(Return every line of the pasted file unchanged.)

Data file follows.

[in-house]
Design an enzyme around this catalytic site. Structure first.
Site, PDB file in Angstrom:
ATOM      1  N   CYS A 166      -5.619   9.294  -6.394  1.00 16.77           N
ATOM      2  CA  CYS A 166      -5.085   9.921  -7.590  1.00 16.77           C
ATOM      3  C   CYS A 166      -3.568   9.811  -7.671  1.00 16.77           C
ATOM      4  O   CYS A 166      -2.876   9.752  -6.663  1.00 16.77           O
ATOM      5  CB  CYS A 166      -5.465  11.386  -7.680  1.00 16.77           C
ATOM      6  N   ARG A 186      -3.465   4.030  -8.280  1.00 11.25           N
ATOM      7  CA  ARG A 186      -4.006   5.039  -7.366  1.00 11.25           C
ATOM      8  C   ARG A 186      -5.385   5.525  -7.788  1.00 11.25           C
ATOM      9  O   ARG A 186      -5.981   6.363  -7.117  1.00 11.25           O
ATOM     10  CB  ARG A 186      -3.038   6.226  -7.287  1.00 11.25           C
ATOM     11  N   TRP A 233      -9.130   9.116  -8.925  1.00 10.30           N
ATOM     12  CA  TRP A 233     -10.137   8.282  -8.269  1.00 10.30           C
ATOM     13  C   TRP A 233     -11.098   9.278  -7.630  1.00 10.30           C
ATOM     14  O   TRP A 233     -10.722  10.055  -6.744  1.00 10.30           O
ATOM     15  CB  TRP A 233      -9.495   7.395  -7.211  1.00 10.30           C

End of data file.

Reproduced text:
[in-house]
Design an enzyme around this catalytic site. Structure first.
Site, PDB file in Angstrom:
ATOM      1  N   CYS A 166      -5.619   9.294  -6.394  1.00 16.77           N
ATOM      2  CA  CYS A 166      -5.085   9.921  -7.590  1.00 16.77           C
ATOM      3  C   CYS A 166      -3.568   9.811  -7.671  1.00 16.77           C
ATOM      4  O   CYS A 166      -2.876   9.752  -6.663  1.00 16.77           O
ATOM      5  CB  CYS A 166      -5.465  11.386  -7.680  1.00 16.77           C
ATOM      6  N   ARG A 186      -3.465   4.030  -8.280  1.00 11.25           N
ATOM      7  CA  ARG A 186      -4.006   5.039  -7.366  1.00 11.25           C
ATOM      8  C   ARG A 186      -5.385   5.525  -7.788  1.00 11.25           C
ATOM      9  O   ARG A 186      -5.981   6.363  -7.117  1.00 11.25           O
ATOM     10  CB  ARG A 186      -3.038   6.226  -7.287  1.00 11.25           C
ATOM     11  N   TRP A 233      -9.130   9.116  -8.925  1.00 10.30           N
ATOM     12  CA  TRP A 233     -10.137   8.282  -8.269  1.00 10.30           C
ATOM     13  C   TRP A 233     -11.098   9.278  -7.630  1.00 10.30           C
ATOM     14  O   TRP A 233     -10.722  10.055  -6.744  1.00 10.30           O
ATOM     15  CB  TRP A 233      -9.495   7.395  -7.211  1.00 10.30           C